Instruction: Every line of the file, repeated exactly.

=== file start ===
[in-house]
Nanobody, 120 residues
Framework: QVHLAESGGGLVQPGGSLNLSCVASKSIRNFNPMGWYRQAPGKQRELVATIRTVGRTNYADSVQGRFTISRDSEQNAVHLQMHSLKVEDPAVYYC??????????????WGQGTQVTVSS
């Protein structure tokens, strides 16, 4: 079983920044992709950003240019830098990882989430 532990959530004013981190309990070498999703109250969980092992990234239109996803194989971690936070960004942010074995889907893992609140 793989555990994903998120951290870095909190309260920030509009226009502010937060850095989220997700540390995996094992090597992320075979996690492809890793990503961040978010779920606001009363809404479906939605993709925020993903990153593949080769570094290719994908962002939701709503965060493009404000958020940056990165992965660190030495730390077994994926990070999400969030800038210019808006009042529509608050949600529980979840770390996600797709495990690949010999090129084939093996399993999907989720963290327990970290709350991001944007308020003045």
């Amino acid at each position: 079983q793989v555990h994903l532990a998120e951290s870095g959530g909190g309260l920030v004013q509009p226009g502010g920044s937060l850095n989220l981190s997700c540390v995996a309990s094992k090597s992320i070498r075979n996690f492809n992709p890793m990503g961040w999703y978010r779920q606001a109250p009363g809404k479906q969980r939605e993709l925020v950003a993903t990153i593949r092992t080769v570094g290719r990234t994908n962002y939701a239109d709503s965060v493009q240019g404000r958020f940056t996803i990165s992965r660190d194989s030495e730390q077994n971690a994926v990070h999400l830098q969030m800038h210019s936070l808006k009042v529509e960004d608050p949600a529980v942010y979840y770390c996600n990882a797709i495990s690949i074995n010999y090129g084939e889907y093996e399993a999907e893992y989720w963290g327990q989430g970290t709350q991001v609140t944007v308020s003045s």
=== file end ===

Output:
[in-house]
Nanobody, 120 residues
Framework: QVHLAESGGGLVQPGGSLNLSCVASKSIRNFNPMGWYRQAPGKQRELVATIRTVGRTNYADSVQGRFTISRDSEQNAVHLQMHSLKVEDPAVYYC??????????????WGQGTQVTVSS
């Protein structure tokens, strides 16, 4: 079983920044992709950003240019830098990882989430 532990959530004013981190309990070498999703109250969980092992990234239109996803194989971690936070960004942010074995889907893992609140 793989555990994903998120951290870095909190309260920030509009226009502010937060850095989220997700540390995996094992090597992320075979996690492809890793990503961040978010779920606001009363809404479906939605993709925020993903990153593949080769570094290719994908962002939701709503965060493009404000958020940056990165992965660190030495730390077994994926990070999400969030800038210019808006009042529509608050949600529980979840770390996600797709495990690949010999090129084939093996399993999907989720963290327990970290709350991001944007308020003045």
């Amino acid at each position: 079983q793989v555990h994903l532990a998120e951290s870095g959530g909190g309260l920030v004013q509009p226009g502010g920044s937060l850095n989220l981190s997700c540390v995996a309990s094992k090597s992320i070498r075979n996690f492809n992709p890793m990503g961040w999703y978010r779920q606001a109250p009363g809404k479906q969980r939605e993709l925020v950003a993903t990153i593949r092992t080769v570094g290719r990234t994908n962002y939701a239109d709503s965060v493009q240019g404000r958020f940056t996803i990165s992965r660190d194989s030495e730390q077994n971690a994926v990070h999400l830098q969030m800038h210019s936070l808006k009042v529509e960004d608050p949600a529980v942010y979840y770390c996600n990882a797709i495990s690949i074995n010999y090129g084939e889907y093996e399993a999907e893992y989720w963290g327990q989430g970290t709350q991001v609140t944007v308020s003045s």